Birmingham City Council has today backed plans for HS2’s new station in the heart of the City.

In total three planning applications for the £571m station and other surrounding areas were put forward to the planning committee during a ‘virtual’ meeting – and all were approved with WSP and Grimshaw Architects working heavily on the project.

The announcement – which comes ahead of the HS2 Economic Growth Conference – continues to see HS2 move forward in 2020, after receiving both Government backing and the thumbs up for Parliament to kickstart works. The project will be the first intercity terminus station built since the 19th century.

Stations Director at HS2 Matthew Botelle said: “We’re extremely pleased to receive planning approval for HS2’s Curzon Street station in Birmingham. Our design also allows for future improvements to the public space to ensure inclusive, seamless transport connections for local people, provide opportunities for retail and commercial development, and help drive local investment and regeneration.”

The scheme is currently unprocured – after HS2 restarted the process after receiving a low level of interest initially from firms looking to bid. After some changes, including a cost increase of over £100m, HS2 are now looking to invite firms to tender in the summer as they search for a main contractor.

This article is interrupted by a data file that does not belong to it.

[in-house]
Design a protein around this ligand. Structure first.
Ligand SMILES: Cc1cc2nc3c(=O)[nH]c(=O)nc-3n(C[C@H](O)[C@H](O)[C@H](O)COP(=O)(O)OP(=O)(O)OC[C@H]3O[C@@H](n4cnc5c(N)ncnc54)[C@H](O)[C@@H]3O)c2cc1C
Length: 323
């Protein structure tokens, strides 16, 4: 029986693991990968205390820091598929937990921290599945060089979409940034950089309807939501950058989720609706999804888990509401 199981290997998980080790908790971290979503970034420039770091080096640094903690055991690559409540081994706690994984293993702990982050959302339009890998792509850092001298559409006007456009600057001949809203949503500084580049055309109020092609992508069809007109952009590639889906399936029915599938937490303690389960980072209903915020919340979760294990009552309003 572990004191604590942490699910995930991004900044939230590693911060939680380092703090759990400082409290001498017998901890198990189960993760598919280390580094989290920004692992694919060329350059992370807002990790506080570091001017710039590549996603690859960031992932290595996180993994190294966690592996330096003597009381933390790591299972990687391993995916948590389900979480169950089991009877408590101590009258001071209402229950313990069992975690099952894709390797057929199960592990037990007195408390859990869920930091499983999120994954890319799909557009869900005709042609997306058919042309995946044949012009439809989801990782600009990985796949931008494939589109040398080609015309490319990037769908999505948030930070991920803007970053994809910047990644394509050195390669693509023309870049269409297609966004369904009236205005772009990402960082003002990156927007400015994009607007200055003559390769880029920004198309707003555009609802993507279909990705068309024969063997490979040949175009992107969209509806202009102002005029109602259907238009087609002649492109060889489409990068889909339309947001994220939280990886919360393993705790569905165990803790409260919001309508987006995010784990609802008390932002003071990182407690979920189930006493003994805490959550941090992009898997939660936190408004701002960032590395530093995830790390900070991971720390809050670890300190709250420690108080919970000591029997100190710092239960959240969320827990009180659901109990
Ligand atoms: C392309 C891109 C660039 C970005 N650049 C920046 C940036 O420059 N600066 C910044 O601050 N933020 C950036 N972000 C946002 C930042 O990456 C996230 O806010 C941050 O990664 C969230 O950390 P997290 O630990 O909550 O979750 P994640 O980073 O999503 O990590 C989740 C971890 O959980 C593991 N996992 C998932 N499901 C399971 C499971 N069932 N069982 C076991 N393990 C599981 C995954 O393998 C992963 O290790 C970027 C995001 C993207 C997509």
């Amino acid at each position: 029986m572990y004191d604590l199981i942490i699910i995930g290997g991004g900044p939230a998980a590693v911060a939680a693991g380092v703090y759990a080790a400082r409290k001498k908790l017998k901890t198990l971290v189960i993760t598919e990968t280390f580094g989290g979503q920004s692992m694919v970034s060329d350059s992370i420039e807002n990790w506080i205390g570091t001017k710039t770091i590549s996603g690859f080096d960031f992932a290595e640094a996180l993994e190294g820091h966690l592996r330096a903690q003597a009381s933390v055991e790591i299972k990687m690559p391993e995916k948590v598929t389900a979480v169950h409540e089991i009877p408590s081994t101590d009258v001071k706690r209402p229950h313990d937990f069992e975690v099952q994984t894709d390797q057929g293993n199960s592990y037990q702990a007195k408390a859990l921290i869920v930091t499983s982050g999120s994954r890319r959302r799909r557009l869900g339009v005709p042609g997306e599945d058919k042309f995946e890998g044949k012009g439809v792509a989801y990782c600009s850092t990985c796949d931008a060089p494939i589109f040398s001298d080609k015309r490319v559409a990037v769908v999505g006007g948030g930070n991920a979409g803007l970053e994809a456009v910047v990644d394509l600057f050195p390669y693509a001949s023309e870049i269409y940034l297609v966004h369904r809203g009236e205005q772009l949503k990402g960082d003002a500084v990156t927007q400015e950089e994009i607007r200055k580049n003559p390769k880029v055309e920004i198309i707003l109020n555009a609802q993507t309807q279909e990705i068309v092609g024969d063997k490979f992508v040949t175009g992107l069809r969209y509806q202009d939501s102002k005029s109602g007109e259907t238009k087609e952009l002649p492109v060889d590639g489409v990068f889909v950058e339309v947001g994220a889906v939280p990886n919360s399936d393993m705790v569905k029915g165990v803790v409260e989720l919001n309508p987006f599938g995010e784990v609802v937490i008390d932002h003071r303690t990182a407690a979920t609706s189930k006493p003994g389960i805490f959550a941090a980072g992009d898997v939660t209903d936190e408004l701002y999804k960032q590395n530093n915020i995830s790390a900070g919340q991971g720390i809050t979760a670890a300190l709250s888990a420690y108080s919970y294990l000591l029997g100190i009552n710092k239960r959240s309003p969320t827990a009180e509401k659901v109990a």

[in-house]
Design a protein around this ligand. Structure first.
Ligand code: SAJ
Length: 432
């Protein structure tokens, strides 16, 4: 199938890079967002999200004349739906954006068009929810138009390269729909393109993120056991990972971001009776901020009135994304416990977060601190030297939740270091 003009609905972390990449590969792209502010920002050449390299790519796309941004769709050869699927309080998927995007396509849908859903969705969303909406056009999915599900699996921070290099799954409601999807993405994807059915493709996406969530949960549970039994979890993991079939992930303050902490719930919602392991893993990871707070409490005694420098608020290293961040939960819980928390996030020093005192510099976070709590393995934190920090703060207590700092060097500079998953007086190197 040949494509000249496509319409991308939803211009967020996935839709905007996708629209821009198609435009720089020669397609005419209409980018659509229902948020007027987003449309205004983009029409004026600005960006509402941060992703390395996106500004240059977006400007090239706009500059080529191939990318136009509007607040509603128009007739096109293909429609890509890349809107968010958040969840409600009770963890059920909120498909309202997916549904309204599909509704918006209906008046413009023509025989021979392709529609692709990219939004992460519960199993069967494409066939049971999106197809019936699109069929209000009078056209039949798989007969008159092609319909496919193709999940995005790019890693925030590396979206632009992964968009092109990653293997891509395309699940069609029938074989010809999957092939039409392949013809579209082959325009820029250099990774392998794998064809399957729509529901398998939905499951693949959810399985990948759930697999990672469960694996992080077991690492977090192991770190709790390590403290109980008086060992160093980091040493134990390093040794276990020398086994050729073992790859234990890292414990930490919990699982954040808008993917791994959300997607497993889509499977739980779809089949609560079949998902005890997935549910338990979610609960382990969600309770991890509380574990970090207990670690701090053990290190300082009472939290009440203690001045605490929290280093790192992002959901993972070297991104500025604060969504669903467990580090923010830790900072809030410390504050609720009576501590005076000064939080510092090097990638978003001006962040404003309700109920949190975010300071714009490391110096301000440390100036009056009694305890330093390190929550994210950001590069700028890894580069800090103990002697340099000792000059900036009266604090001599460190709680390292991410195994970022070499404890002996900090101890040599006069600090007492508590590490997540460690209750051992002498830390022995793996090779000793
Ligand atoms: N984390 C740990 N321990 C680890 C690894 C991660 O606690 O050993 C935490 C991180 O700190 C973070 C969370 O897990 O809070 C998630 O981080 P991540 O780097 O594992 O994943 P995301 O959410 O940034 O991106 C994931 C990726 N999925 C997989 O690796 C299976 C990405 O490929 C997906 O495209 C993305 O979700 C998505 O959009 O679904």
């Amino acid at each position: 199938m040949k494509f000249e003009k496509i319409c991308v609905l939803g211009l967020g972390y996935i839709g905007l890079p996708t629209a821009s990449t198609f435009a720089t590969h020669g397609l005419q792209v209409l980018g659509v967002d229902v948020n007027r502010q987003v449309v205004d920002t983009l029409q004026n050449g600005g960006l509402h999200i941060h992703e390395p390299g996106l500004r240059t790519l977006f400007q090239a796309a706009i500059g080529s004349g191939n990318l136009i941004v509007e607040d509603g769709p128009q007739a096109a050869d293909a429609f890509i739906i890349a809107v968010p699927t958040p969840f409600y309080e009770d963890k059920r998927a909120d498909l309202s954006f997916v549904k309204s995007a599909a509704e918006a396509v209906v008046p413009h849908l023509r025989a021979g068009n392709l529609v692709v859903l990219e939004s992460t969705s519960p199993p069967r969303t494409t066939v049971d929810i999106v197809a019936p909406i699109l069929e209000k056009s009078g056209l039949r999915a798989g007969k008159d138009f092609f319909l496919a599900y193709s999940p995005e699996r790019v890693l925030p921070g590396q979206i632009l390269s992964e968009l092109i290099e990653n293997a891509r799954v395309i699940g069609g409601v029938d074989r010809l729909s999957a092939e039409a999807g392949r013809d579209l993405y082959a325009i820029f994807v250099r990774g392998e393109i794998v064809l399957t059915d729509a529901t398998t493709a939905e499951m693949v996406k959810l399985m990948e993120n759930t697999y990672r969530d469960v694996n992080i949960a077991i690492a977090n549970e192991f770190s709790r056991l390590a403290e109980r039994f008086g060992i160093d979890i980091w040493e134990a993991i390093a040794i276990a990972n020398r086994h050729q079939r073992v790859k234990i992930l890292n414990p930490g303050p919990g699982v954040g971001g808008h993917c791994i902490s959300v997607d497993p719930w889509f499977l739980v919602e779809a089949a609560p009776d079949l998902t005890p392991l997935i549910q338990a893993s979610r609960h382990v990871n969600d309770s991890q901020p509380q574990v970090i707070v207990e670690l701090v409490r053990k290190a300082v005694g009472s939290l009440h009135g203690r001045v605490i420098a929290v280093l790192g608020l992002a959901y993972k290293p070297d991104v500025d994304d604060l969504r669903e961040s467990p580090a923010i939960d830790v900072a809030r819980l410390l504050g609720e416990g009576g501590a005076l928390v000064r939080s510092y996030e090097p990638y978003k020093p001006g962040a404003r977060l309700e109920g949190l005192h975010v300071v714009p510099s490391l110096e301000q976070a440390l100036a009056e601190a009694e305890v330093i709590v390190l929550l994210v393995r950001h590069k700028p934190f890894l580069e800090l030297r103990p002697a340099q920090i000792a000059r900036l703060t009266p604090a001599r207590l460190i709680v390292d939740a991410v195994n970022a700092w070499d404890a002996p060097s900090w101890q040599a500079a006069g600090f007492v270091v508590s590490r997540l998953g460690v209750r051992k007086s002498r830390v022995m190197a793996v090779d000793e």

The development will have sustainability at heart – with plans to create a zero-carbon station in terms of operation, and to do this they will adopt the latest eco-friendly design and sustainble technologies including capturing rainwater and sustainable power generation, with over 2,800m2 of solar panels located on platform canopies. It’s designed to meet a BREEAM Excellent standard.

The surrounding public realm will include parkland lawns, rain gardens to capture water, wildflower grassland, insect/bird boxes, forest-scale tree planting across the site and an area of new broadleaf woodland which will provide a natural habitat for wildlife.

A Council report said: “The design is truly world class. The elegant and (deceptively) simple form of the main station building clearly reads as a railway station and harks back to traditional station architecture, delivering this in a confident and contemporary way.”

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